It’s time to take a break from break-neck politics
I recently received a letter from an old friend who doesn’t share my political biases. In what I hope was an unthinking and offhand remark, he wrote: “Liberals, liberals, liberals, just like attorneys, the only good one is a dead one.”At first, I dismissed his comment as nothing more than the price I pay for having friends from a plethora of political positions. But as I mused over his observation, I grew more and more troubled.Did he really desire my death? Was he, either subconsciously or not, wishing that I and those of similar proclivities be dispatched or, as they say in some less than democratic lands, “disappeared?”The thought I was making a mountain out of a molehill certainly crossed my mind, and yet I couldn’t shake the idea that this was a longtime friend, not some anonymous correspondent.One wonders if this is an isolated incident or indicative of the future of political discourse in America. Is it possible we have now reached the dismal point where dialogue is no longer desired, only the destruction of the opposition?
Theo van Gogh was a Dutch filmmaker who was murdered this past Nov. 2 by someone who had decided that dialogue is no longer an option. Van Gogh was controversial, to be sure, but his murder in broad daylight on an Amsterdam street is a horrific reminder of what becomes of civilization when the free exchange of ideas is replaced by monolithic mandates.The new Congress opened session this week, and with its commencement came the expected commentaries from both sides of the aisle.The majority crowed and the minority cowered, as it should be, I suppose. But some of us start getting nervous when folks forget the need for a loyal opposition.There was a time, not so long ago for me, but perhaps forgotten by those much younger, when a sinister slogan made the rounds of politicians, pundits and bumpers. It went: “America: Love it or Leave it!” The implication, of course, was that any criticism of our country’s policies was tantamount to treason.
This dark and antidemocratic line of reasoning seems to be making a comeback in this nation that I love. The tenor of discourse in everything from cable talk shows to letters to the editor seem to have diminished into nothing more than verbal attempts at homicide. Now even correspondence from friends hold such resonance.Lately, I have listened to sincere folks who have described our president as a monster, an idiot, a despot and worse. Like 49 percent of the voting public, I disagree, sometimes vehemently, with Bush’s policies, but I haven’t yet reached the point of seeing him as the personification of all that is evil in the world nor, I believe, have most other dissenters in this democracy of ours. And yet this tendency to demonize does seem to be growing. I suspect I have been guilty of falling into that trap as well.Surely there is some middle ground, some area between black or white where we of differing views can meet to discuss and debate without debasing our opponents, without demanding total acquiescence. My own family history includes the story of my grandfather, a German Lutheran pastor with a thick accent and strong opinions, engaged in a vehement theological debate at a church convention.The arguments became more passionate as the two men sought to convince the other of the rightness of his own position.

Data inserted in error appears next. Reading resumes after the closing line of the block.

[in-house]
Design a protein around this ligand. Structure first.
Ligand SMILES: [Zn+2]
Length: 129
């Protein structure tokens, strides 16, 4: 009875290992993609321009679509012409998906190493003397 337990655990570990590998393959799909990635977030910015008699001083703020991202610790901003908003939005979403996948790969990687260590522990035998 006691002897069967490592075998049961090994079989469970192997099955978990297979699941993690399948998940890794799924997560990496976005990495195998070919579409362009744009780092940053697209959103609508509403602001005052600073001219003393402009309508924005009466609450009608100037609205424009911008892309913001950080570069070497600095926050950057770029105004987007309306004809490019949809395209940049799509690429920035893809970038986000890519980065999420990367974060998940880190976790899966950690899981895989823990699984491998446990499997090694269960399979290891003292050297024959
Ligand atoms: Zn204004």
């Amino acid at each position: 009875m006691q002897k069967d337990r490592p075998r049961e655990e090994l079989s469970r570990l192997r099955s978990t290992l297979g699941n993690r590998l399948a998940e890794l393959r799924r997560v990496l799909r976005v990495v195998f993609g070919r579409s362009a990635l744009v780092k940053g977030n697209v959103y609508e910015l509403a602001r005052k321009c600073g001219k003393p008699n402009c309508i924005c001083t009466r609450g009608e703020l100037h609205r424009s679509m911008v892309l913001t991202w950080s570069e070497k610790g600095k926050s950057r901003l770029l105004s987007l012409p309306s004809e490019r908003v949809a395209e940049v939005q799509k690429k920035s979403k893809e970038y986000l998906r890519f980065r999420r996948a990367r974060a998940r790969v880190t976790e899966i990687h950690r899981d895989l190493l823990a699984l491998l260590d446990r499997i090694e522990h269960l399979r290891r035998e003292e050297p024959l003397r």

Louder and louder grew the voices until everyone in the assembly hall was convinced the debaters were about to come to blows. Suddenly my grandfather strode toward his verbal combatant until they were nose to nose. The entire convention grew silent, fearing the worst. But “Opa” opened his arms and spread out a smile, after a momentary pause, his opponent did the same and off they went to share a glass or two of German beer inviting the others to join them.The debate hadn’t ended, only taken a break for friendships to be renewed.Even as the Congress is just beginning, this might be a good time for all of us to take a break. Rich Mayfield writes a Saturday column. He can be reached at firstname.lastname@example.org.
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